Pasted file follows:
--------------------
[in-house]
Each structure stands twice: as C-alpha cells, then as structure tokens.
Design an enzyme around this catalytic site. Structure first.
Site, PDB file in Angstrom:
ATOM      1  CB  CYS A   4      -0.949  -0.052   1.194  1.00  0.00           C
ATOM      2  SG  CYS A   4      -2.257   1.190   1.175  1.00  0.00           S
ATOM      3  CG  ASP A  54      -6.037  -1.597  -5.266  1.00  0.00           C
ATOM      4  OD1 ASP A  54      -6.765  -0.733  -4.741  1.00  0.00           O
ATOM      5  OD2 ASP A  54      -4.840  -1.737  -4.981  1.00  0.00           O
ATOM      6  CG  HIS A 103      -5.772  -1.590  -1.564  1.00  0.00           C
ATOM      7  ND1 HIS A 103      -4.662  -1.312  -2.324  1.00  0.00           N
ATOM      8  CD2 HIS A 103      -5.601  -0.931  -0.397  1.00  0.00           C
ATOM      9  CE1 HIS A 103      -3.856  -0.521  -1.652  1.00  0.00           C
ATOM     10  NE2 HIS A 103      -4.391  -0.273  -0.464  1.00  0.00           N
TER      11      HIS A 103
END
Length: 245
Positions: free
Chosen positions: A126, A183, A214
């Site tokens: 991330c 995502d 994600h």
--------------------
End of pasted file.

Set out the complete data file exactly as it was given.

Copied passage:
[in-house]
Each structure stands twice: as C-alpha cells, then as structure tokens.
Design an enzyme around this catalytic site. Structure first.
Site, PDB file in Angstrom:
ATOM      1  CB  CYS A   4      -0.949  -0.052   1.194  1.00  0.00           C
ATOM      2  SG  CYS A   4      -2.257   1.190   1.175  1.00  0.00           S
ATOM      3  CG  ASP A  54      -6.037  -1.597  -5.266  1.00  0.00           C
ATOM      4  OD1 ASP A  54      -6.765  -0.733  -4.741  1.00  0.00           O
ATOM      5  OD2 ASP A  54      -4.840  -1.737  -4.981  1.00  0.00           O
ATOM      6  CG  HIS A 103      -5.772  -1.590  -1.564  1.00  0.00           C
ATOM      7  ND1 HIS A 103      -4.662  -1.312  -2.324  1.00  0.00           N
ATOM      8  CD2 HIS A 103      -5.601  -0.931  -0.397  1.00  0.00           C
ATOM      9  CE1 HIS A 103      -3.856  -0.521  -1.652  1.00  0.00           C
ATOM     10  NE2 HIS A 103      -4.391  -0.273  -0.464  1.00  0.00           N
TER      11      HIS A 103
END
Length: 245
Positions: free
Chosen positions: A126, A183, A214
């Site tokens: 991330c 995502d 994600h």